International Journal of Clinical Pharmacy

, Volume 37, Issue 4, pp 566–578 | Cite as

Pharmacists’ medicines-related interventions for people with intellectual disabilities: a narrative review

  • Máire O’DwyerEmail author
  • Arijana Meštrović
  • Martin Henman
Review Article


BackgroundPeople with intellectual disabilities (ID) have complex pharmaceutical care needs due to a high prevalence of multimorbidity, a notable degree of polypharmacy and a high risk of adverse drug reactions. Despite this, people with ID often experience significant health disparities compared to the general population. In most developed countries, increasing emphasis on deinstitutionalisation and community integration also means greater utilisation of primary health care services where general practitioners, pharmacists and carers may lack appropriate information about the pharmaceutical needs of this population. Aim of the review To explore what type of pharmaceutical care interventions were being undertaken for people with ID and how pharmacists’ contributed to the care of people with ID as part of multidisciplinary teams. Method Systematic searches of the following electronic databases were carried out; CINAHL, Pubmed, Medline, Embase, Cochrane library, Science Direct and International Pharmaceutical Abstracts. Results were limited to the period 1994–2014 using search terms ‘learning disabilities’, ‘intellectual disabilities’, ‘mental retardation’, ‘developmental disabilities’, ‘learning difficulties’ and ‘pharmacist intervention’, ‘pharmaceutical care’, ‘primary care', ‘pharmacy' “pharmacists” “pharmacy technicians”. Agreement on studies to be included was arrived at by consensus and by using a pre-determined set of inclusion criteria. Due to the heterogeneous nature of the study aims, methods and presentation of study outcomes found, a narrative review was considered appropriate. Results In total, after removal of duplicates, 70 abstracts were identified and screened from the initial search. After screening and consensus agreement, eight articles which met the inclusion criteria were included in the review and were analysed under the following three themes; pharmacist interventions, pharmacists collaboration in provision of care, qualitative studies relating to patient, carers, and pharmacist views on care of people with ID. Conclusions The limited evidence available in the literature suggests that pharmacists can make positive interventions in relation to the quality of the medication use process, in collaboration with other healthcare professionals, carers and patients with ID. However, further research will be required to increase the evidence base with regard to the benefits of providing pharmaceutical care to patients with intellectual disability and to inform future policy and planning.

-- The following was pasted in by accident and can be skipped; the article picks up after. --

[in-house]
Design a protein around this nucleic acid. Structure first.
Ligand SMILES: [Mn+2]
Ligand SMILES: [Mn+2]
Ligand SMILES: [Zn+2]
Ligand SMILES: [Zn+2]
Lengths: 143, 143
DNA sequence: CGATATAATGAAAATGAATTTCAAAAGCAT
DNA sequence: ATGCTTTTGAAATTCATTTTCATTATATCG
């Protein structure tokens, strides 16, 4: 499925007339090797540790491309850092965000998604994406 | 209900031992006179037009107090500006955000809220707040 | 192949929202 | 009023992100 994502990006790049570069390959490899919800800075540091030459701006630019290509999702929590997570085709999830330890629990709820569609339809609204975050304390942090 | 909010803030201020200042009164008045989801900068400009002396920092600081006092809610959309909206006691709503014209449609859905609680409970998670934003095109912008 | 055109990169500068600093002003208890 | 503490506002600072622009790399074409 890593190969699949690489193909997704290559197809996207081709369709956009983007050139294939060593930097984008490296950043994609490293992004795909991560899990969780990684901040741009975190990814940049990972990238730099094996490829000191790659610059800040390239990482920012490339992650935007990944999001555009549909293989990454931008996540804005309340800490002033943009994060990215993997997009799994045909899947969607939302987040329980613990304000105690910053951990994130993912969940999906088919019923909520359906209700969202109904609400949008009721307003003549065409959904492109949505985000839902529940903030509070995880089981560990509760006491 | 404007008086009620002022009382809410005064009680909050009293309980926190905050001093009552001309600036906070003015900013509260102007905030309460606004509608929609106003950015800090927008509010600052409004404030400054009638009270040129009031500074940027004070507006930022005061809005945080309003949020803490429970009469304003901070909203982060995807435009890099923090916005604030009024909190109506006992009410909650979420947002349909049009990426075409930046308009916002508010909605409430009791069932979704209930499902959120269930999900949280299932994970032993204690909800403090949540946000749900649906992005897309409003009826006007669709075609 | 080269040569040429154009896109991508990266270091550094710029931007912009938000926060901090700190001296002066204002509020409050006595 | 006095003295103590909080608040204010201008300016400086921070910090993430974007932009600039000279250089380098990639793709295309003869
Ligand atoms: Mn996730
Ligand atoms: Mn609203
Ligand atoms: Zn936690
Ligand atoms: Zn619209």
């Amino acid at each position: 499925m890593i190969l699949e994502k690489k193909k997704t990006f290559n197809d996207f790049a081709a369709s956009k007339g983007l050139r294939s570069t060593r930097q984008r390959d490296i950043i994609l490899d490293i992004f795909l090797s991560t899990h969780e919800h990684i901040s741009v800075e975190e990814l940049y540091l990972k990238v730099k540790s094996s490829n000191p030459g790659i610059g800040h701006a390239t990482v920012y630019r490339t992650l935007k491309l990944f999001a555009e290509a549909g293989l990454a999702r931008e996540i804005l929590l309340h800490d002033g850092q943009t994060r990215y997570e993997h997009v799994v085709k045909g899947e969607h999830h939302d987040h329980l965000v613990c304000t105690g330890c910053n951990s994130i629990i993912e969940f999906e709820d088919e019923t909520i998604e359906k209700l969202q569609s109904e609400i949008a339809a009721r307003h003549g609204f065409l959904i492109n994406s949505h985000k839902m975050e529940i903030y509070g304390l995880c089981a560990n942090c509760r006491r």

Pharmaceutical care Intellectual disability Pharmacist Pharmacist interventions Clinical pharmacy 



MO’D would like to acknowledge funding received from a Trinity College Dublin Studentship.

Conflicts of interest




Supplementary material

11096_2015_113_MOESM1_ESM.pdf (311 kb)
Supplementary material 1 (PDF 311 kb)


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Copyright information

© Koninklijke Nederlandse Maatschappij ter bevordering der Pharmacie 2015

Authors and Affiliations

  • Máire O’Dwyer
    • 1
    Email author
  • Arijana Meštrović
    • 2
  • Martin Henman
    • 1
  1. 1.School of Pharmacy and Pharmaceutical SciencesTrinity College DublinDublinIreland
  2. 2.Study of PharmacyUniversity of Split School of MedicineSplitCroatia

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